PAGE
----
Following the power outage caused by Tropical Storm Isaias in early August, State Sen. James Gaughran (D-Northport) conducted a survey of residents.
With 3,243 people responding, the survey indicated that people lost an average of $434.66. That compares with the maximum of $250 that PSEG Long Island said it would reimburse residents if they produced an itemized list and proof of loss.
“I don’t keep my receipts,” Gaughran said in an interview after he publicly released the survey. “I throw mine out. I would imagine a lot of Long Islanders are keeping receipts” from their grocery purchases after their experience with the storm, the outage and the food losses, particularly amid the economic decline caused by the pandemic.
More than half the survey respondents, or over 58%, said they were not able to contact PSEG easily about their outage. At the time of the storm, PSEG recognized that its new communication system was ineffective.
Additionally, over two thirds, or 67 percent, of the residents in the survey said PSEG did not restore power before the estimated time.
In the two years he’s been in the senate, Gaughran said he’s never had this many responses to questions from residents about anything.
The Democratic senator highlighted how over 56% of residents were unaware of PSEG’s Critical Care Program, although those residents don’t believe anyone in their households would qualify. An additional 21% of the survey respondents didn’t know about the program and believed someone in their house might qualify.
The fact that more than half of the people who responded didn’t know about the program is “significant,” Gaughran said.
“Unacceptable” Storm Response
In response to a letter Gaughran sent to LIPA, CEO Thomas Falcone said he would “make sure that your survey results are appropriately reflected in the work streams for LIPA’s upcoming 90-day and 180-day investigative reports into PSEG Long Island’s storm response.”
Falcone called PSEG LI’s response to the storm “unacceptable” and said the LIPA Board has “insisted that the failures not be repeated.”
LIPA’s 30-day report said the computer system caused incorrect restoration estimates.
In its report about the storm response, LIPA concluded that “problematic management control issues,” combined with outside vendors who had “poorly defined service quality assurances” delivered an unsatisfactory customer experience.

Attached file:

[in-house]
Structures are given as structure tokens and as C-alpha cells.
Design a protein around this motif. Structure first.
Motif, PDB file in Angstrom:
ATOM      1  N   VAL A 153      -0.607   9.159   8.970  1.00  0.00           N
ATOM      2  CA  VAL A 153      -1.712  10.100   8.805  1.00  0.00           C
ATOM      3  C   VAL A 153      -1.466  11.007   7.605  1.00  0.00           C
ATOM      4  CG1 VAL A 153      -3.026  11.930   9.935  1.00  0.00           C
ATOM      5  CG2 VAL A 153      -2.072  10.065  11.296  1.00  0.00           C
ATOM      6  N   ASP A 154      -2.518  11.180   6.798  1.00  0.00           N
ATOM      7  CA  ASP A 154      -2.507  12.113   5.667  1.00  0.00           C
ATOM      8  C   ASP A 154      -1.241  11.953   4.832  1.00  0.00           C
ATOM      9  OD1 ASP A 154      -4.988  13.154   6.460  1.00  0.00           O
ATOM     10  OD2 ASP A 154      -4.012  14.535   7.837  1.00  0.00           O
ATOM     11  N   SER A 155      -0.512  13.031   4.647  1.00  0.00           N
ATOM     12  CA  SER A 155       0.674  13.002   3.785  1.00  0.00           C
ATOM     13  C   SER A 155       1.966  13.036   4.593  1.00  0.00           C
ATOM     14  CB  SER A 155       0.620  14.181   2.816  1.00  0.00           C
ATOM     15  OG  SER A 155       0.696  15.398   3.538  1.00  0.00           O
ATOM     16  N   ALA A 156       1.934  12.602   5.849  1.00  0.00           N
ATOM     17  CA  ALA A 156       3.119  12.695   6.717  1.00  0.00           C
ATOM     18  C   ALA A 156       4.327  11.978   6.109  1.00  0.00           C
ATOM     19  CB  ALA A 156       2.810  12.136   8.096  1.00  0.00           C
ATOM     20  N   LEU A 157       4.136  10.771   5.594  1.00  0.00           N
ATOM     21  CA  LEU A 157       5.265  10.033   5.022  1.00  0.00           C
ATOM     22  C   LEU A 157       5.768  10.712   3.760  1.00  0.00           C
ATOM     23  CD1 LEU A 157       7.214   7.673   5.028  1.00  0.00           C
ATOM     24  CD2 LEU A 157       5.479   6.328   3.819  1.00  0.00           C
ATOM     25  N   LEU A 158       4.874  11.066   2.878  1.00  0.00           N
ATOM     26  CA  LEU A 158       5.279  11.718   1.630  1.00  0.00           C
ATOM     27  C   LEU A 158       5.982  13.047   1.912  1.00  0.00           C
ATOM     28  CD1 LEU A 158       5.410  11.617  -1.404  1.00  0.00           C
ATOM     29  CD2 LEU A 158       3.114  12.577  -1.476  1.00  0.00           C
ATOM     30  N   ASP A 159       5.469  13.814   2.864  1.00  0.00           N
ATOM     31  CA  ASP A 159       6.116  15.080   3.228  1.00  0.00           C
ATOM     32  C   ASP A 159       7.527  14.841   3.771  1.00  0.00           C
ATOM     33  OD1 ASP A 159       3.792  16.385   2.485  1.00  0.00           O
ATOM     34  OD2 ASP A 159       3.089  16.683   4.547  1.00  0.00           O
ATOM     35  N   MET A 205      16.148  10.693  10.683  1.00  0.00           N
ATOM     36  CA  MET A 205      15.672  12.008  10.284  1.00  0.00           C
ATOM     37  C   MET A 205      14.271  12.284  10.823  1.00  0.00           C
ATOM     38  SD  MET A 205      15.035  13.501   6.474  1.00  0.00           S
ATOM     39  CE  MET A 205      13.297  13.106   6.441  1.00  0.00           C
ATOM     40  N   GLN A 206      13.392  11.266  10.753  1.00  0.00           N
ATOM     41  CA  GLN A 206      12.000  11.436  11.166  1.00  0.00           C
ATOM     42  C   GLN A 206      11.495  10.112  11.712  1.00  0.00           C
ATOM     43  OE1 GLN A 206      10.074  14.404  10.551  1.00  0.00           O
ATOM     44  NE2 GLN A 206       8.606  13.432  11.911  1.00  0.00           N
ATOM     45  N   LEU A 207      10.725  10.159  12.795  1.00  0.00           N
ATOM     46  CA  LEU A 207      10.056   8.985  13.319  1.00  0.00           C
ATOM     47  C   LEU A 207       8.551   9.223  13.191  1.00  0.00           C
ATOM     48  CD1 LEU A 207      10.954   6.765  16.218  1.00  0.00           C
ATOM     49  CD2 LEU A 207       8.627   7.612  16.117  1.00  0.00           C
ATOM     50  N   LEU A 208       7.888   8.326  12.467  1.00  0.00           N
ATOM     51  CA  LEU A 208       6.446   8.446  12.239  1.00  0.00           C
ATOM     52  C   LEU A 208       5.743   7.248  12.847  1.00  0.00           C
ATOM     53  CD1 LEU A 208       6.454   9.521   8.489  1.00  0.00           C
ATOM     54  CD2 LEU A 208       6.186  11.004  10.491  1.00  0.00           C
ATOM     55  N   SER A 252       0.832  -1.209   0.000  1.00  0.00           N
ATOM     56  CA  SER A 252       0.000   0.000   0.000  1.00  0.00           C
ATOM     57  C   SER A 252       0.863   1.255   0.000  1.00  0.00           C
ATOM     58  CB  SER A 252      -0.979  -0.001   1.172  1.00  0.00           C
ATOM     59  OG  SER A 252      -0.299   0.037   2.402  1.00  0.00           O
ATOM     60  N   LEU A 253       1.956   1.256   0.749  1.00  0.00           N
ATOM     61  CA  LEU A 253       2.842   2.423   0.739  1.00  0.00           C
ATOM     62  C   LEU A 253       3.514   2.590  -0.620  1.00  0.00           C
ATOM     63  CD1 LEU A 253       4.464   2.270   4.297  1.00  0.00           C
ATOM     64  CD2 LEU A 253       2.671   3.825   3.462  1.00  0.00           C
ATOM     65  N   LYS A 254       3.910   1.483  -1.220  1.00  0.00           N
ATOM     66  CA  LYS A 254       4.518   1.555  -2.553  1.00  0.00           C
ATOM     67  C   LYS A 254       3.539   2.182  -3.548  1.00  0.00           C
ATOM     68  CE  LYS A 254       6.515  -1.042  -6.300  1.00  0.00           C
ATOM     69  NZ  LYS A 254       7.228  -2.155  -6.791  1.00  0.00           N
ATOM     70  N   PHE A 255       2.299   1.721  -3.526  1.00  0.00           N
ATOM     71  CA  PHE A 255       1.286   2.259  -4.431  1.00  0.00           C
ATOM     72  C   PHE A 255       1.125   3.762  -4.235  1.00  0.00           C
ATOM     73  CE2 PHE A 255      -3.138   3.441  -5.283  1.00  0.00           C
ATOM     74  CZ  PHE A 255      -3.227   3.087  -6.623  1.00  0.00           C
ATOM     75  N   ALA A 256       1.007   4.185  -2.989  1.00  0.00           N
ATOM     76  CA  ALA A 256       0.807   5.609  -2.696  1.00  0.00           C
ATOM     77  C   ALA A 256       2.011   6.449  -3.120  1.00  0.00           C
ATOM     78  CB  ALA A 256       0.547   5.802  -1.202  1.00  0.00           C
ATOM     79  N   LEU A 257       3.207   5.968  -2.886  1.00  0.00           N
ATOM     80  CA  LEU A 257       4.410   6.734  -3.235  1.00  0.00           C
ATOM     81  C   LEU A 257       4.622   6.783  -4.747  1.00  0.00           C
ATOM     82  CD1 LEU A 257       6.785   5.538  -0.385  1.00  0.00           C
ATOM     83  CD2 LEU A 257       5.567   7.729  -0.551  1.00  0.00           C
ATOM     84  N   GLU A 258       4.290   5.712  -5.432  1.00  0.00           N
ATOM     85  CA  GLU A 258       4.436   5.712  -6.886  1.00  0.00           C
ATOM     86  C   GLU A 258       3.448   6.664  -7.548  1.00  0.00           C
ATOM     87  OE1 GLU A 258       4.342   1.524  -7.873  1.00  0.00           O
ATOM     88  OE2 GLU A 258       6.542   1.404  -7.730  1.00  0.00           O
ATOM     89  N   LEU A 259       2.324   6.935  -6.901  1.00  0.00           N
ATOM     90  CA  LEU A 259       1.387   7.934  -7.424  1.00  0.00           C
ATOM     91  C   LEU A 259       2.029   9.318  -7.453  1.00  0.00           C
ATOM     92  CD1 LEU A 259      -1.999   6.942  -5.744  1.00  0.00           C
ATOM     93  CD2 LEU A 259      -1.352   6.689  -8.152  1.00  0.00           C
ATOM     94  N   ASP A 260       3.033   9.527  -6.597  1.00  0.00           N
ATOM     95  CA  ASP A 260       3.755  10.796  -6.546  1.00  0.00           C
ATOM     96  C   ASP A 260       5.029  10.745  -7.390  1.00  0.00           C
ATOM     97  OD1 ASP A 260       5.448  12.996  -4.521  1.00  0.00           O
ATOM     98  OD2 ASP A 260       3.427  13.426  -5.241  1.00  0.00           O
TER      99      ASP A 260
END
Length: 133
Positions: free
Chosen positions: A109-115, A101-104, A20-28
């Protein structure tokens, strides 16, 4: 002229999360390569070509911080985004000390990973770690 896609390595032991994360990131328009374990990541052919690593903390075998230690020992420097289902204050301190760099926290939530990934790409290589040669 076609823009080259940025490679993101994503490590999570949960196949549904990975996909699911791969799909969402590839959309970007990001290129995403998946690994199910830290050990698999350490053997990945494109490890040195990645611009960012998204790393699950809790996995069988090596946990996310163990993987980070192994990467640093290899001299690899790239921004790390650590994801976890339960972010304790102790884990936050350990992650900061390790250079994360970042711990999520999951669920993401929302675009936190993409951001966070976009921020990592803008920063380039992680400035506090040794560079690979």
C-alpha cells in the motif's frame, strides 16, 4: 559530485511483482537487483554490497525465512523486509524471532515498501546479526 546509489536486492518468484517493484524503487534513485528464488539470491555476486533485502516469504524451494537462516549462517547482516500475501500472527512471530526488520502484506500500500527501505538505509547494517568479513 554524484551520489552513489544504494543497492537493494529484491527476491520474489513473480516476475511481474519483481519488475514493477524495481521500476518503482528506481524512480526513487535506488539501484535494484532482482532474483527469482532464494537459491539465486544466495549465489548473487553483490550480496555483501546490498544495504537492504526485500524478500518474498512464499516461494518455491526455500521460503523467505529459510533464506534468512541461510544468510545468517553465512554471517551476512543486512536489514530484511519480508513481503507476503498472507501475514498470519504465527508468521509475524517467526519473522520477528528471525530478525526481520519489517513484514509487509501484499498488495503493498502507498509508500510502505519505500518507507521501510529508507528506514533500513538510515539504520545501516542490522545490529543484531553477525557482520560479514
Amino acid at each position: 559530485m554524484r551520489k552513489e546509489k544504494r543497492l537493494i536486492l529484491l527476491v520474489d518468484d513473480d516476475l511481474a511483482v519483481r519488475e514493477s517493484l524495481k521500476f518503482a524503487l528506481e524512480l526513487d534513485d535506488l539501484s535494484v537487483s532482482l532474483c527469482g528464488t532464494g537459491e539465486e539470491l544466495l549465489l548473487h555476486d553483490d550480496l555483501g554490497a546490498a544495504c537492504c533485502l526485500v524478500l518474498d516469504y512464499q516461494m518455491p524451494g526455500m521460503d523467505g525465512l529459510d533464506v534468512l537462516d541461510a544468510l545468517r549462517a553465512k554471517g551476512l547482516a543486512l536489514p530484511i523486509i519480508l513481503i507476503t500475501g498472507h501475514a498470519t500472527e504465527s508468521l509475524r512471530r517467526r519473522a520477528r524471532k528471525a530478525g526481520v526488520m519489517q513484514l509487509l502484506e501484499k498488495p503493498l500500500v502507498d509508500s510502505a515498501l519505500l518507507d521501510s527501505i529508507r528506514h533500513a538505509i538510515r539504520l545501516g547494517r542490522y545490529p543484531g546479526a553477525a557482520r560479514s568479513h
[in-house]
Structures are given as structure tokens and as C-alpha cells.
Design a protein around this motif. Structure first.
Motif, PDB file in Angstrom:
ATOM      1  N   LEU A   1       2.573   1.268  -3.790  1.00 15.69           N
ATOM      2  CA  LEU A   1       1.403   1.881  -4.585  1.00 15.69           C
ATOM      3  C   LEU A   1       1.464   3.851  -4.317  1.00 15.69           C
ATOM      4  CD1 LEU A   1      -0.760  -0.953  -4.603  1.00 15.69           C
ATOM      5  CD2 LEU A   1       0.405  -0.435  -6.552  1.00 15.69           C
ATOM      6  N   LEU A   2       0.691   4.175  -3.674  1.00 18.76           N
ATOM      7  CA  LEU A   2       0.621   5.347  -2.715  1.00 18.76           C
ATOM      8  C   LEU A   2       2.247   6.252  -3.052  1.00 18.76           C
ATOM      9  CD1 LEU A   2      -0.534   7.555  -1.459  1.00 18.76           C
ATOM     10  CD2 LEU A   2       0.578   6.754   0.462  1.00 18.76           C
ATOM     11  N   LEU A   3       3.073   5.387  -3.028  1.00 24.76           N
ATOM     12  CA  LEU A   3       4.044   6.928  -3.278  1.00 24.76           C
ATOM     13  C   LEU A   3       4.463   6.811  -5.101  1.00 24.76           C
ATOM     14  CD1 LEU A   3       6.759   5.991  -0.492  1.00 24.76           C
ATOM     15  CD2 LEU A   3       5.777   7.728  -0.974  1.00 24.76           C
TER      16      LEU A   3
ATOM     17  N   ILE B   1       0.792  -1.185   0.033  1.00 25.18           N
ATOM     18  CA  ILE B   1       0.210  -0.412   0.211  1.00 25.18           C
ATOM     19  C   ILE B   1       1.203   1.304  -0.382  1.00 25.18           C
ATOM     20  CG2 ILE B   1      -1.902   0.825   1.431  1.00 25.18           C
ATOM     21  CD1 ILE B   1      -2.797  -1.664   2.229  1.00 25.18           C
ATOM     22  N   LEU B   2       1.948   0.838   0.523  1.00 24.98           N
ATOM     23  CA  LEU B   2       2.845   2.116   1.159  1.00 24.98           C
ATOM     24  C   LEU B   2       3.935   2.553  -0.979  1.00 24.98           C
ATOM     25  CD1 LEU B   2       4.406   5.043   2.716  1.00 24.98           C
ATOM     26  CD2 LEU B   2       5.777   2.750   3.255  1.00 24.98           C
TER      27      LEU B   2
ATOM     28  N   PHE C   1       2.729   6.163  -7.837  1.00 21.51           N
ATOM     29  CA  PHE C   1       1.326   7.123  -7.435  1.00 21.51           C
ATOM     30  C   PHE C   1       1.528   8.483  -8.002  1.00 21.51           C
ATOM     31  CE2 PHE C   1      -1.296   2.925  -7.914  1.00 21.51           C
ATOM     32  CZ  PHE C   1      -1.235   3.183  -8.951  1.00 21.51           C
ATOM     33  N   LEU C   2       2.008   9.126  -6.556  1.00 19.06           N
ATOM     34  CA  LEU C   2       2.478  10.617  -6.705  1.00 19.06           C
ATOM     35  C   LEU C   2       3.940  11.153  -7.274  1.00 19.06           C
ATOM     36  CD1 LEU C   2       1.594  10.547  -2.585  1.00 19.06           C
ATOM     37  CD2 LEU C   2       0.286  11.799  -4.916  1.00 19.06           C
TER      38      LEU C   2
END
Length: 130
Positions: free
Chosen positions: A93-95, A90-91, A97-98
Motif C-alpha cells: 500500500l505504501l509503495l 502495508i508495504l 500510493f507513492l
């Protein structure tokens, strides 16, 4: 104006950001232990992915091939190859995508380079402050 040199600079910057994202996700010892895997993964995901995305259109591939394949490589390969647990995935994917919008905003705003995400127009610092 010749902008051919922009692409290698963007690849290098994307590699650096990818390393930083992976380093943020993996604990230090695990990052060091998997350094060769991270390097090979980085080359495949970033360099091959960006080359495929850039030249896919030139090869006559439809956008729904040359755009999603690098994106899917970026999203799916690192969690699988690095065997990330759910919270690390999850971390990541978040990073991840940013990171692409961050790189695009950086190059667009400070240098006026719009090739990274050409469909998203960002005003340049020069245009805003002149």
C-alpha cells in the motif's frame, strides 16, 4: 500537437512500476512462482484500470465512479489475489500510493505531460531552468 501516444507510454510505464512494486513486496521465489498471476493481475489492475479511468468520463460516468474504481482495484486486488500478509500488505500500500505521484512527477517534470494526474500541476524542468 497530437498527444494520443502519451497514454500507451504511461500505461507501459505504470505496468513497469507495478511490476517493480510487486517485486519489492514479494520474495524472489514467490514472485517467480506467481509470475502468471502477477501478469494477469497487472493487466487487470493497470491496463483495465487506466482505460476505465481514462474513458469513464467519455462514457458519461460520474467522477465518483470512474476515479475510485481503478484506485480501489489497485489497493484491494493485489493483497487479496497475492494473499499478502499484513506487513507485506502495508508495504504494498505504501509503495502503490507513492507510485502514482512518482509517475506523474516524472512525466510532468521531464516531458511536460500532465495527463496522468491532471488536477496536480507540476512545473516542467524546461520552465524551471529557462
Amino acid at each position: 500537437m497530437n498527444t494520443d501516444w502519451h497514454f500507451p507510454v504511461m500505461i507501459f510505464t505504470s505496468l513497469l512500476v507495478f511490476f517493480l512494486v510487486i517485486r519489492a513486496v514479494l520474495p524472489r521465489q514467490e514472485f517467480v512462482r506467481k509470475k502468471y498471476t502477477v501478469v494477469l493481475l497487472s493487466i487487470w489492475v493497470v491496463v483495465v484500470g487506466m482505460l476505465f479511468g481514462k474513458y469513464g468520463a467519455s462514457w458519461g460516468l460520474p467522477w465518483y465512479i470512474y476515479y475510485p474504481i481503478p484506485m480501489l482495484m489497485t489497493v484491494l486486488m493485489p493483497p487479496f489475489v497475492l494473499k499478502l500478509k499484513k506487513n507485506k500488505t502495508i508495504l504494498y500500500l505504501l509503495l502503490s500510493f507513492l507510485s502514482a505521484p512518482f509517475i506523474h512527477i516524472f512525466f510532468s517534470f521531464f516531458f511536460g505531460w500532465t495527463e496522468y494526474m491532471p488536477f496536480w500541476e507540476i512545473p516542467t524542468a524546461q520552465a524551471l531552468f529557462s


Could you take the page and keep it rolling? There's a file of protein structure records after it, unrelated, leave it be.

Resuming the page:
A tree fell on a mail truck on Old Post Road in Setauket during Tropical Storm Isaias. Photo by John Broven
LIPA’s 2020 Internal Audit plan had previously scheduled a re-audit of the process to maintain customer lists to begin the fourth quarter of 2020. After reports of outdated customer lists during Isaias, LIPA accelerated that process, which started in September. The power authority will address that further in its 90 and 180 day Task Force reports.
The senator, who presented the results of his survey, also reiterated concerns he has about LIPA’s oversight of PSEG LI.
Gaughran said the Public Service Commission, which has considerably more direct oversight with other utilities around the state, doesn’t have the same authority with PSEG LI.
The PSC provides “recommendations” to LIPA and can “force them to pay money to their customers for lost food, lost business. [It] can do this with every utility except PSEG LI because the relationship is different.”
In responding to this concern, LIPA, in a statement, said the LIPA Reform Act provides the Department of Public Service with oversight responsibilities of LIPA and PSEG.
“LIPA’s storm oversight activities are in addition to DPS’s statutory role and DPS’s statutory role is the same for PSEG Long Island as it is for the state’s other utilities,” LIPA said in a statement.
The DPS provides independent recommendations to the LIPA Board of Trustees. The board has accepted every recommendation from the DPS, according to the statement.
LIPA said the only difference between the oversight of PSEG LI and other utilities in New York is that the DPS recommendations are to LIPA’s nine-member board, instead of the Public Service Commission.
The 30-day report includes 37 specific recommendations for PSEG Long Island to put in place by Oct. 15, LIPA said.
As for losses from the storm, LIPA said it secured direct reimbursement for customers through the customer spoilage reimbursement program. That could be as high as $500 per residential customer for food and medicine. PSEG LI is forgoing up to $10 million in compensation to fund this program.
LIPA “may look to pursue additional actions after [its] review and the Department of Public Service’s Investigation” is complete, LIPA said in a statement.
In his letter to Gaughran, Falcone said the 90-day and 180-day reports would have additional “actionable recommendations,” which the LIPA board would ask for independent verification and validation to make sure these recommendations have been implemented.